… of the week.



I am just me

Today, I do not have any fancy pictures or heart-warming quotes to share.
Instead, I have plenty of words to pour out from my heart.

People said that there’s a season for everything.
And in each season, there’s always a reason behind it.
I do not understand.

I think of dad pretty much very recently.
Dad used to be a very stubborn man.
He never once, shows his weakness before me.
It is until things happened many years back
For the first time, I ‘heard’ dad crying.

It was a Sunday afternoon, a call received from my very far homeland.
Dad called, and he cried.
Since then, I realised that I have a real dad.
A man who brave enough to face his own weakness, and revealed before someone he trust or love.

Months later, things happened again.
I back in my homeland, for the first time, I ‘saw’ dad cried.
I could never forget how fragile he looked in front of me
That moment onwards, I understand I have to stand up and carry the burden
Be the pillar of this family.

Years later, dad left, to be with the Lord.
The day when I stood before the cemetery, it is as though I saw dad smiled
A smiley face with no more pain and burden
That moment, I whispered to God:
“Finally, he can have a good rest.”

There was no tears on me for the whole funeral week
People came and gone, they came to hug me
Offered the soothing words and encouragement
I felt nothing.
Some acquaintances, and some stranger that I’ve never met in my life
One Datuk came by and paid the last respect
Dad saw him all the time in the telly or newspaper
We do not know him in person
I am sure if dad knows it, he will be glad.

A week later, I back in my residential place.
Spent the whole month pouring out all the tears that have been hidden for the past week
Then I realised, I was just like dad!
We are too afraid to show our emotion to people.

Recently, things happened again.
This time round, I have no dad to look to.
I’ve never felt so helpless before
I could even felt the pumping heart nearly jump out from my mouth.
Beneath my well disguised, I realised the flimsy soul of mine was shivering
The tremble of fears.

I used to think of given up everything
I used to think of leaving this place and find a place where no one knows me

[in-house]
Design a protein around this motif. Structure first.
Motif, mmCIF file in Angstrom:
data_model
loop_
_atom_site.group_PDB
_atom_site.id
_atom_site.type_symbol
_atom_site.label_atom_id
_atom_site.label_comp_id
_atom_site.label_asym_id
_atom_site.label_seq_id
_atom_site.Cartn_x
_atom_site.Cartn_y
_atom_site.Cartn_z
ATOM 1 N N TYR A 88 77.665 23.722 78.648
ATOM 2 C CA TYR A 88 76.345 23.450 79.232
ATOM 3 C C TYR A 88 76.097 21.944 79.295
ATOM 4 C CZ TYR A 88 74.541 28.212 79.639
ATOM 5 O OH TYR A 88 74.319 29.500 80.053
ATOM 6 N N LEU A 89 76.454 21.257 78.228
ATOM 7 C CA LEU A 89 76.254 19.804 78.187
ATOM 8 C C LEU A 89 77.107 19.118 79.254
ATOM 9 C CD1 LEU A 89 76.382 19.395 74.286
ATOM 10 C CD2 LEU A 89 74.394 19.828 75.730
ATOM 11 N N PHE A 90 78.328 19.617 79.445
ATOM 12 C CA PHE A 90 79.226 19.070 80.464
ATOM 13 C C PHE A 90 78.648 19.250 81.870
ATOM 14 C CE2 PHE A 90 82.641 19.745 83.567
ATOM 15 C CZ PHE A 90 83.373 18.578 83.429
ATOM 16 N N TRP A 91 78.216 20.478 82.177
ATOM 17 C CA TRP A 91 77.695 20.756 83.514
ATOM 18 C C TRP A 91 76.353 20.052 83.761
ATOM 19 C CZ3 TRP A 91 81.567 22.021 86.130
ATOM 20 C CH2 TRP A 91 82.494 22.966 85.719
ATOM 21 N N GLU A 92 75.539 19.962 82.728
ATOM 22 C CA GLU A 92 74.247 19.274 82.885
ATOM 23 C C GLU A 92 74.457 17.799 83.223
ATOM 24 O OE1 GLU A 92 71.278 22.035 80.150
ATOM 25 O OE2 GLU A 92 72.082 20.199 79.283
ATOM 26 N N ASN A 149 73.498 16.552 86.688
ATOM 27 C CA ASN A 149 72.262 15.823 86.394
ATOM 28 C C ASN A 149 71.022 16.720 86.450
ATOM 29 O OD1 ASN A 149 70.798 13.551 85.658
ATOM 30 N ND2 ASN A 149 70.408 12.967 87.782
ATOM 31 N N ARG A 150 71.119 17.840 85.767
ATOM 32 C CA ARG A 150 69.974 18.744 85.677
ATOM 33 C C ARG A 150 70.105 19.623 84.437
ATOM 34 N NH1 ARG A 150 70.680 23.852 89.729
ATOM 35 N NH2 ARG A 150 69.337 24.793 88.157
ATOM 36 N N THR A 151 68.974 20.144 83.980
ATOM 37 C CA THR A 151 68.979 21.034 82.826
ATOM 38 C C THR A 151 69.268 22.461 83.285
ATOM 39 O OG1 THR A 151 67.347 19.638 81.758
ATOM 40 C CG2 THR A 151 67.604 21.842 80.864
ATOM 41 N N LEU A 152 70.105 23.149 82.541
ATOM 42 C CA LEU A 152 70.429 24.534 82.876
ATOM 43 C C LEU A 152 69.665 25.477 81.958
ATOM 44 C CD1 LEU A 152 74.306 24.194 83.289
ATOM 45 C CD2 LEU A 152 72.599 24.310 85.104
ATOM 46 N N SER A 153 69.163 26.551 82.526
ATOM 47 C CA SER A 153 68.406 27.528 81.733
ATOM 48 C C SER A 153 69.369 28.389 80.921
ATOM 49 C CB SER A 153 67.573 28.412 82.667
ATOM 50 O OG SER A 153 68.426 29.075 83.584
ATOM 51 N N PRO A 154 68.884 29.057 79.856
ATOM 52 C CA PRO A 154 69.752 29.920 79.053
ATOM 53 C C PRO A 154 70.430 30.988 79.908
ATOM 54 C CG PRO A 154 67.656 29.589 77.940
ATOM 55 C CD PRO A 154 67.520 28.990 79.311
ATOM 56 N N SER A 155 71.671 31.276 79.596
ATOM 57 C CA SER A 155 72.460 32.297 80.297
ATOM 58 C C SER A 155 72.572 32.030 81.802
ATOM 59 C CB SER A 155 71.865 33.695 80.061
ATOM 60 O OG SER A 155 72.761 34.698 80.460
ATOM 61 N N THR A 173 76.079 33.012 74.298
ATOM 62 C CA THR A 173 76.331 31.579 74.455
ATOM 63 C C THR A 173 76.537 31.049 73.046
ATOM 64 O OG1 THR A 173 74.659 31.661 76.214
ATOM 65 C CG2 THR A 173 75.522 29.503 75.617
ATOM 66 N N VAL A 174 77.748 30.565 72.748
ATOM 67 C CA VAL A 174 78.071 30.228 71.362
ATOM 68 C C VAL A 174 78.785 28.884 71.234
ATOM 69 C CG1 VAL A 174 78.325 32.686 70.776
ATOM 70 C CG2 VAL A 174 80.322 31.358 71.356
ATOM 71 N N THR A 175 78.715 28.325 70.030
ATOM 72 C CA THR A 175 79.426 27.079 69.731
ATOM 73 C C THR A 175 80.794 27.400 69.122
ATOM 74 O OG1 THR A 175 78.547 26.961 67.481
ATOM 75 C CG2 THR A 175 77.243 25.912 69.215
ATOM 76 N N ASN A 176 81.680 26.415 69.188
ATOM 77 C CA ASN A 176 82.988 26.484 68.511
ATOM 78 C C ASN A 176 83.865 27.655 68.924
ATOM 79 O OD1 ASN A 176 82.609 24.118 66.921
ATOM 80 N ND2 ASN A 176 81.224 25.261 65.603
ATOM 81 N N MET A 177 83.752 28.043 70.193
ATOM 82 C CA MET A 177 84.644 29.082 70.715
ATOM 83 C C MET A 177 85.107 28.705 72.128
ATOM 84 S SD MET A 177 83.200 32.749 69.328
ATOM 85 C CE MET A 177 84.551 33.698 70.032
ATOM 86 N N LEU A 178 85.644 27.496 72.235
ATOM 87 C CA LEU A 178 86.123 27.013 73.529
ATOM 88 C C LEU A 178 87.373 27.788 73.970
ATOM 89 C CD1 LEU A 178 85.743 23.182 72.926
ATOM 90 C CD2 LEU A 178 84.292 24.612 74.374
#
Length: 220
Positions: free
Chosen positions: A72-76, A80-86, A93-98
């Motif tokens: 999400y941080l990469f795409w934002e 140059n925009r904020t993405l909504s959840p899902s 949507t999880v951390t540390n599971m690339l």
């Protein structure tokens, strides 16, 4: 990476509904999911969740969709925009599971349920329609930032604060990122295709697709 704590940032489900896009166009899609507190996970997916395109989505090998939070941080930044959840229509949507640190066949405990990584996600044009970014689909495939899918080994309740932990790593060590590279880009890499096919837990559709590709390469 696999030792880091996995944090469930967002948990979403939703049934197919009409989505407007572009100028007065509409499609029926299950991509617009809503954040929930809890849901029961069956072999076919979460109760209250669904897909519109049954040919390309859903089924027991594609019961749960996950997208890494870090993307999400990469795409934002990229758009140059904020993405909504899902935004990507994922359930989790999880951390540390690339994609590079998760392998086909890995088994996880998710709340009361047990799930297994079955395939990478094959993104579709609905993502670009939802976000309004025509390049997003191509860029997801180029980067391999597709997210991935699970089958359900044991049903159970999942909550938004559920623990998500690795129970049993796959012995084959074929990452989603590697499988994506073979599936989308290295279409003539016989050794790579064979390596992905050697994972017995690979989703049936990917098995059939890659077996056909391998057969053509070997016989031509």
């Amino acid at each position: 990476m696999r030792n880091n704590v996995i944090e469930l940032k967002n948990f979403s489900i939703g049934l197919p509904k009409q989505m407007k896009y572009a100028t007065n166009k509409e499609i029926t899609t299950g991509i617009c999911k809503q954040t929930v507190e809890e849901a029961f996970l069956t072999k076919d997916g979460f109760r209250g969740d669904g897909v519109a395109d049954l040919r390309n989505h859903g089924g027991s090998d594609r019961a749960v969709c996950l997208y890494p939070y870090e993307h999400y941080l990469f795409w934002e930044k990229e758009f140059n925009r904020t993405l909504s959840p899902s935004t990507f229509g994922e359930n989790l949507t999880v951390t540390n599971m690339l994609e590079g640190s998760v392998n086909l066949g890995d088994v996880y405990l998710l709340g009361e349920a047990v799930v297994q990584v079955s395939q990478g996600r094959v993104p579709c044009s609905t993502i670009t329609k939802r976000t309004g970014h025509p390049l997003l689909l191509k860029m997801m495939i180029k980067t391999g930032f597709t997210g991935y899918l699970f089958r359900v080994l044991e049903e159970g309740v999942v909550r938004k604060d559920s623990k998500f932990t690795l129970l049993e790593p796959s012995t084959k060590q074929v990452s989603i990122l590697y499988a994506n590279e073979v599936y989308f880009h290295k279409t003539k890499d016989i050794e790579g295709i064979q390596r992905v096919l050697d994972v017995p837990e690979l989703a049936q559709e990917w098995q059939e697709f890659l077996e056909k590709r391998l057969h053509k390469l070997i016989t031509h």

I used to think of ignoring all the commitments that handcuffed me

If only … if only … and if only …
I could be free like a bird in the air;
the fish in the ocean;
the lily on the field;
be like the grain sail with the breeze;
and let my heart harbour to the dock that belongs to me…

Dad, are you still pretend to be brave?
Or, am I still, either?!

February 2015 – Perth, Australia.

Verona, Italy

“Two households, both alike in dignity,
In fair Verona, where we lay our scene,
From ancient grudge break to new mutiny,
Where civil blood makes civil hands unclean.

From forth the fatal loins of these two foes,
A pair of star-cross’d lovers take their life;
Whose misadventured piteous overthrows,
Doth with their death bury their parents’ strife.”

– William Shakespeare

Romeo and Juliet is all sentimental and pretty much poignant.
I was too young when I first heard of this story.
I knew nothing about love back then, and never could I apprehend how fervent the emotion could ignite a story which concluded with a tragic ending.

When I first stepped on the land of Verona, I felt poetic.
I found poor Juliet with her right *breast disfigured of being “caressed” “too much rubbing” at her house.
I found plenty of padlocks affixed to a gate.
I found scrabble of names and love notes on the wall.
It is indeed a monument to love.

So many years people try to left the mark of their love at Juliet’s house
Hoping that their love could be witnessed by the whole world
But to me, I can only wish my little whisper can reach your heart
A voice that one could heard only if the hearts are near.

“Juliet then awakens and, finding Romeo dead, stabs herself with his dagger.
The feuding families and the Prince meet at the tomb to find all three dead.
Friar Laurence recounts the story of the two “star-cross’d lovers”.
The families are reconciled by their children’s deaths and agree to end their violent feud.”

November 2014 – Verona, Italy.

* People believe good fortune is afforded to visitors who rub Juliet’s right breast.